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SimpleConfig

, 7 Sep 2005
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Serialize and access your application's config values.

Sorry, it should have been SimpleConfig.jpg

Introduction

To increase an application's usability it is often a good idea to deal with some persistent information. If someone doesn't want to hide these parameters in his Registry (maybe he often modifies these parameters manually), he could use a plain text file instead. The Config class that is presented in this example, offers a complete solution to handle plain text files as config files.

Features

  • common parameter handling
    • <name> = <value>
  • scope names: different config values can have equal names.
    • <scopeA:name> = <value>
    • <scopeB:name> = <value>
  • value lists: indices will be added automatically, if <name> specifies a value array.
    • <name[0]> = <value>
    • <name[1]> = <value>
    • <name[2]> = <value>

The config file

This example deals with:

  • the window's last size and position
  • the filters of the CFileDialog
  • the index of the last used filter
  • the directory of the last opened file

Sorry, it should have been Result.jpg

Using the code

Tip

If you include the Config.h header in your StdAfx.h, you will be able to access all your config values from any file that itself includes the StdAfx.h.

Example

Calling all necessary functions to obtain the values from a value list. (Doing this in just one function is a bit hypothetical.)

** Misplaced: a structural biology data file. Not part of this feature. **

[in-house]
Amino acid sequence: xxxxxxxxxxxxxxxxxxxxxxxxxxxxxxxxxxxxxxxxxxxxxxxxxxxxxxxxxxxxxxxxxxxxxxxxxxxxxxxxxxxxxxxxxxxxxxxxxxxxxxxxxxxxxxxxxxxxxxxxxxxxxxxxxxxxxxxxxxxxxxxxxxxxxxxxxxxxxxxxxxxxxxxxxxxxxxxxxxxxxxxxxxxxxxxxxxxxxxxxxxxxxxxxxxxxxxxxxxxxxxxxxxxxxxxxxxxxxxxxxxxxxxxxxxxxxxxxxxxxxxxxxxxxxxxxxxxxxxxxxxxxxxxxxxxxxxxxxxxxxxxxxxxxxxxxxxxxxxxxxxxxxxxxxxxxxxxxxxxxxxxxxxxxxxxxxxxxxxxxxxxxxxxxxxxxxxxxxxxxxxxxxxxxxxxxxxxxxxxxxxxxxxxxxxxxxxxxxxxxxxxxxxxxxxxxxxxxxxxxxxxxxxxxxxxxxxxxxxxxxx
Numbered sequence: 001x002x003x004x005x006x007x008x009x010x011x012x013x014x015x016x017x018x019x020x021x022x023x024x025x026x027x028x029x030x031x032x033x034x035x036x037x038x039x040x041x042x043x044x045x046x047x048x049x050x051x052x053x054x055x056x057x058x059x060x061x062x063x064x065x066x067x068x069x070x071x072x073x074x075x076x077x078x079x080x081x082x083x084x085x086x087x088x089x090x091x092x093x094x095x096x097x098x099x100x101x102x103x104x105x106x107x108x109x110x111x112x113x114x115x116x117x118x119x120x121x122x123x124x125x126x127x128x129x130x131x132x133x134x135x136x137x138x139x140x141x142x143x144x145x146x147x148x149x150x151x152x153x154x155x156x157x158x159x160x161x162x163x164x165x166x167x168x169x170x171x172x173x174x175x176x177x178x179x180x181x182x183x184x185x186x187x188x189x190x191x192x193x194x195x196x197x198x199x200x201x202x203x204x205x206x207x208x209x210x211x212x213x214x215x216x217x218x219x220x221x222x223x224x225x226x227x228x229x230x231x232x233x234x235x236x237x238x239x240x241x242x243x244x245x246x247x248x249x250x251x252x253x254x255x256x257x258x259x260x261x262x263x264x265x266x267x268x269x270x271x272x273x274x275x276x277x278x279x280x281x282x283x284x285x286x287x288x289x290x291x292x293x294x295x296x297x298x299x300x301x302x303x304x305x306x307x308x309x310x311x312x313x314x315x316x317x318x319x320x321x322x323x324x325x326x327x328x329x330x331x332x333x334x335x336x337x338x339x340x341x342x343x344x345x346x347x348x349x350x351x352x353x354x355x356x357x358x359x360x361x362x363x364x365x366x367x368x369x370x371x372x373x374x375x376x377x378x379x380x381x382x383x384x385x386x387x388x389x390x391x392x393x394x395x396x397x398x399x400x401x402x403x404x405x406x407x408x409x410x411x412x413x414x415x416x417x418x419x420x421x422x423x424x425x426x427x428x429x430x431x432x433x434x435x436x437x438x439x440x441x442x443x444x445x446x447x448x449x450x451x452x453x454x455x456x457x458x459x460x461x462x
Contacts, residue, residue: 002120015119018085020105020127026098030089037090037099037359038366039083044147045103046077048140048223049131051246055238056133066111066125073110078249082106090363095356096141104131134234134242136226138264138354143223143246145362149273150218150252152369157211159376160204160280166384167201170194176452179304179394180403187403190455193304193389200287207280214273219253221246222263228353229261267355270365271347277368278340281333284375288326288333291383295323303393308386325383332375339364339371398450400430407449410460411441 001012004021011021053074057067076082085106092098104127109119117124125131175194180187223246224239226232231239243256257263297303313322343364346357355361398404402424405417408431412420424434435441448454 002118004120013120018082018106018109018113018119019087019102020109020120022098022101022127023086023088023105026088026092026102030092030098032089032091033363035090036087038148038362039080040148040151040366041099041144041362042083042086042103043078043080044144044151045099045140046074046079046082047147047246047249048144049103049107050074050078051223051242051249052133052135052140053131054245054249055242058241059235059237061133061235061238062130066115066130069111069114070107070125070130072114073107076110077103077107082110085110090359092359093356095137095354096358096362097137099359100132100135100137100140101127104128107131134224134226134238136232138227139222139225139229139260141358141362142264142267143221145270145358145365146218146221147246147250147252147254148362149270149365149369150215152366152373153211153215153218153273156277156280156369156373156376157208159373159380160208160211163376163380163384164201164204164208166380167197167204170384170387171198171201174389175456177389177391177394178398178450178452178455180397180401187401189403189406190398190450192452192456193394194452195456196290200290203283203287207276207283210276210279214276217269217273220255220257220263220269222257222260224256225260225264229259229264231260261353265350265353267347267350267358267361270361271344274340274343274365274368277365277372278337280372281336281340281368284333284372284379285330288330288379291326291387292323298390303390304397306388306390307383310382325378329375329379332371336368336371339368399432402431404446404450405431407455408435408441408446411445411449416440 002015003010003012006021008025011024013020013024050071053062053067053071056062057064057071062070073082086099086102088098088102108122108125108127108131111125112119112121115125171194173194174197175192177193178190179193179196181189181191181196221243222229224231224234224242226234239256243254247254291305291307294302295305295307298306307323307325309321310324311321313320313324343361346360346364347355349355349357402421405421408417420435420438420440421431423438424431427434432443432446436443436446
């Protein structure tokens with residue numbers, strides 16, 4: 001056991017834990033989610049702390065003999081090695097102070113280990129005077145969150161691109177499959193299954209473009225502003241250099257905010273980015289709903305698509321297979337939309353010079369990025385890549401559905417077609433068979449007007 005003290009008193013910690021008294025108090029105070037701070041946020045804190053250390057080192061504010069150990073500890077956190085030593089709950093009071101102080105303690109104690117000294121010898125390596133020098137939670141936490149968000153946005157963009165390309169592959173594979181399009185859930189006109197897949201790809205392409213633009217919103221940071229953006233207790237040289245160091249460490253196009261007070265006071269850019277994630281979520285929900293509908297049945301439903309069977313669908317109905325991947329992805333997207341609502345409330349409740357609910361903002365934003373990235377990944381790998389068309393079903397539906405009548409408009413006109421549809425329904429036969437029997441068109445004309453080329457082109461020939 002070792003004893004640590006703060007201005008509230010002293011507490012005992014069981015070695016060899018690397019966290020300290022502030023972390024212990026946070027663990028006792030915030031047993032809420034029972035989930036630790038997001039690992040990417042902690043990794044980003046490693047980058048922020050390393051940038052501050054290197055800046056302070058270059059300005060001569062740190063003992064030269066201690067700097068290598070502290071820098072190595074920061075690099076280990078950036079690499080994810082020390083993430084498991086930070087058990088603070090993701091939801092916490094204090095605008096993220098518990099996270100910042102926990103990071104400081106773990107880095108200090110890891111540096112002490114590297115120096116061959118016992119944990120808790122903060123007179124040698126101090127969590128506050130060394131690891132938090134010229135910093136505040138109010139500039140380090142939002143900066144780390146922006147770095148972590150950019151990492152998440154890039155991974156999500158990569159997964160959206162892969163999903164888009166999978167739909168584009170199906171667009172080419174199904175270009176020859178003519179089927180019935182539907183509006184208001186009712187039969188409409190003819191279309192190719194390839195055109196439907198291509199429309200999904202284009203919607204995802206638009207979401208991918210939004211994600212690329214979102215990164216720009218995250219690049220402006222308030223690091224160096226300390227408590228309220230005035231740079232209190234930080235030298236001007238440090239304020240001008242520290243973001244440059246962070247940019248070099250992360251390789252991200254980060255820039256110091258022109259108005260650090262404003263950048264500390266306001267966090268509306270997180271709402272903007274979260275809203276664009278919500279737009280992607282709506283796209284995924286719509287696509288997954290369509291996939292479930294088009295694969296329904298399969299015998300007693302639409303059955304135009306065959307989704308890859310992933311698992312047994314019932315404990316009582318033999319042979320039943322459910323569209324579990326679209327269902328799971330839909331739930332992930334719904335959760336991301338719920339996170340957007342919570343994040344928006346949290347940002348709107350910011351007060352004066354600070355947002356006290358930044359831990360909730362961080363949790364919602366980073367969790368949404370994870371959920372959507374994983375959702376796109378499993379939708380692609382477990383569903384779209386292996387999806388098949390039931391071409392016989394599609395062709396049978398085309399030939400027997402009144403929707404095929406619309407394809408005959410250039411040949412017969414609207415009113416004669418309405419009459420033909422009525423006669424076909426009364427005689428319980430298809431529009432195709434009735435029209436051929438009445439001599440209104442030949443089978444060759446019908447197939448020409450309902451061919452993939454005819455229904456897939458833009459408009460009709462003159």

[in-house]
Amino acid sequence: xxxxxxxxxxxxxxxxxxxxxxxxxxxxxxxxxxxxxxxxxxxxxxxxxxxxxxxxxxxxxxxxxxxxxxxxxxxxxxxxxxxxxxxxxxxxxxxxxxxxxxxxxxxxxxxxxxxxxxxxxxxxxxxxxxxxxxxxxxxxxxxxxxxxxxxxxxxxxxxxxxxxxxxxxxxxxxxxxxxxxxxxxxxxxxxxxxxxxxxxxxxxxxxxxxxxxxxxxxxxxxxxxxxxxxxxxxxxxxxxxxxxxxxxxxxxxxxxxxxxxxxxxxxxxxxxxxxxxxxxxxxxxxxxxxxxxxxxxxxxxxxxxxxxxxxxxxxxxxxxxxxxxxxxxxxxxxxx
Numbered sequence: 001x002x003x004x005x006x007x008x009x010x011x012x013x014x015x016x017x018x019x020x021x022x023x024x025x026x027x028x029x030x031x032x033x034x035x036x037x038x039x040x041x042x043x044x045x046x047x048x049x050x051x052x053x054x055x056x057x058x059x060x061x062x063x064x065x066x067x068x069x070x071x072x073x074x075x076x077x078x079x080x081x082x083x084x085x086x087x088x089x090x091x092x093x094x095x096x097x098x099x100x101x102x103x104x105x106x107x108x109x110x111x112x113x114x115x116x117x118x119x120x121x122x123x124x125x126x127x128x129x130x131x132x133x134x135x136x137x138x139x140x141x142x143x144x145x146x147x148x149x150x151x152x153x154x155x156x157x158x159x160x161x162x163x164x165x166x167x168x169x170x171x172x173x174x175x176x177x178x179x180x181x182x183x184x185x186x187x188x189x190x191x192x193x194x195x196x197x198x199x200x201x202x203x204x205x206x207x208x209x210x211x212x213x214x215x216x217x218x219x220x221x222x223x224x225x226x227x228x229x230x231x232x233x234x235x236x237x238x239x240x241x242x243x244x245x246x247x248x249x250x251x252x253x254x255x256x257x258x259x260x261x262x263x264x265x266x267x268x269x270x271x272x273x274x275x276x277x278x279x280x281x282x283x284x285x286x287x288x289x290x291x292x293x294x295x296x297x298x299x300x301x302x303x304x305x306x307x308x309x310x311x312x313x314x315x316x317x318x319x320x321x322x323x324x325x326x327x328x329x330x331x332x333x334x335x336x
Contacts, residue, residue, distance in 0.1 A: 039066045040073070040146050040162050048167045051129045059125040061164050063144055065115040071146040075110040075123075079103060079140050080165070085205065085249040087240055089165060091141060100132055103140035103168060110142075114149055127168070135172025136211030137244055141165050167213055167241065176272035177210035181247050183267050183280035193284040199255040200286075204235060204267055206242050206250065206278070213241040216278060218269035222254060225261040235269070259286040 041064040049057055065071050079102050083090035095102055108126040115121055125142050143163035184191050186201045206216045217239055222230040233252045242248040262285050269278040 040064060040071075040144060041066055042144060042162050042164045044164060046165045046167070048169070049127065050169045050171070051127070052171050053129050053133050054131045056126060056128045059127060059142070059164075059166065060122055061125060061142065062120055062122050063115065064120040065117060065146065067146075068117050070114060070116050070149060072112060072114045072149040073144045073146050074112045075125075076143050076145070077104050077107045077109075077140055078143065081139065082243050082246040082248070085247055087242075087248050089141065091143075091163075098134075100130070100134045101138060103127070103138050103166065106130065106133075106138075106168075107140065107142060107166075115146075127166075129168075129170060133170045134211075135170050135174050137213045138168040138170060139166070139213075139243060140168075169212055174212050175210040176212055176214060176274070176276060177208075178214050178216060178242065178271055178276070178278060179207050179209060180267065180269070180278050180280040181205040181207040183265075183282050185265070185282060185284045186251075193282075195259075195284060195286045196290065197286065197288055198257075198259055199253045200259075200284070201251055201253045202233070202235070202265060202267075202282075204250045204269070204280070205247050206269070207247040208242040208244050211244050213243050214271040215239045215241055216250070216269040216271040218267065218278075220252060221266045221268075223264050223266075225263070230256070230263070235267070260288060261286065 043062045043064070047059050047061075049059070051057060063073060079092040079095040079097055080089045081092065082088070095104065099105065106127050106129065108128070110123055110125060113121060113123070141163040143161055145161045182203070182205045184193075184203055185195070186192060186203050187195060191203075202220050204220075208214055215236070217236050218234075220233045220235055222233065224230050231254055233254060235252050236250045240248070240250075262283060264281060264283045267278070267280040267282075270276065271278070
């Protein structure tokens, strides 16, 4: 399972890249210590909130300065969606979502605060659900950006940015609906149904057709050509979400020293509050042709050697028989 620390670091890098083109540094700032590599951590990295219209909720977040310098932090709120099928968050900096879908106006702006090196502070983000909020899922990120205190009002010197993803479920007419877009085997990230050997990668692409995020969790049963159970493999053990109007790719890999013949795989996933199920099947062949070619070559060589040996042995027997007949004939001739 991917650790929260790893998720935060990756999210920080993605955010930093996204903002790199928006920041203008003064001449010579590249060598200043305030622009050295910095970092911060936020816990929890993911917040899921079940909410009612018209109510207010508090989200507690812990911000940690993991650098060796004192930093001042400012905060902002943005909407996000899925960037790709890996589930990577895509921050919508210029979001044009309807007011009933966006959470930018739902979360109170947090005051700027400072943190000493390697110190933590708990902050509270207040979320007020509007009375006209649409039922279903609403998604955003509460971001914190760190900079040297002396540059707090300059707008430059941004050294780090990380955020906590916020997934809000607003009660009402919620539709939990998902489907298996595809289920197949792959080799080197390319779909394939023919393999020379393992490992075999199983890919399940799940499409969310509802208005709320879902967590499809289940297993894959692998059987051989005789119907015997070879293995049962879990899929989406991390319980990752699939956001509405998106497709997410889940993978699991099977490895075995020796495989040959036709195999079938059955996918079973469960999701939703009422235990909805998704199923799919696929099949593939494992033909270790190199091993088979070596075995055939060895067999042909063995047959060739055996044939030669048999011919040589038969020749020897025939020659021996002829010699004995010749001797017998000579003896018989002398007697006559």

// should always be the first Config method you call
// (a good place would be within your InitInstance() method)
Config::initialize();

// read your config file
Config::import("MyApp.cfg");

// the list of all values that are registered to "Foo"
vector<string> values;

// get first config value
const char* value = Config::getValue("Foo");

// get all config values
while(value)
{
    values.push_back(value);

    value = Config::getNextValue();
}

// write your config file (and use the path
// that was passed to Config::import())
Config::export();

// should always be the last Config method you call
// (a good place would be within your ExitInstance() method)
Config::depose();

Continuative stuff

The outright interface is a bit more extensive. Please have a look at the source code or the available documentation.

Other classes

  • ConfigValue

    This class implements just some conversion constructors. Each constructor converts its passed value to const char*. All implicit type conversion that is done for you is encoded in this class. Due to this class the Config class only needs to provide one kind of setValue() method.

  • Config::Implementation

    You don't have to worry about this class. This class holds all algorithms and data structures that enable the provided functionality. I separated this class from the Config class to be able to kick out all include directives from the Config.h file.

History

Version 1.0

Added:

  • Config handling
    • initialize()
    • depose()
    • import()
    • export()
    • enterScope()
    • leaveScope()
    • setValue()
    • addValue()
    • getValue()
    • getNextValue()
    • removeValue()
    • removeParameter()
  • Implicit type conversion
    • ConfigValue(int)
    • ConfigValue(long)
    • ConfigValue(unsigned long)
    • ConfigValue(double)
    • ConfigValue(bool)
    • ConfigValue(char)
    • ConfigValue(char*)

License

This article has no explicit license attached to it but may contain usage terms in the article text or the download files themselves. If in doubt please contact the author via the discussion board below.

A list of licenses authors might use can be found here

About the Author

Achim Klein
Web Developer
Germany Germany
No Biography provided

Comments and Discussions

 
QuestionWhy not use INI files? Pinmembermilkplus19-Nov-09 10:23 
QuestionSome comments PinmemberJohann Gerell12-Sep-05 13:44 
AnswerRe: Some comments PinmemberAchim Klein13-Sep-05 2:06 

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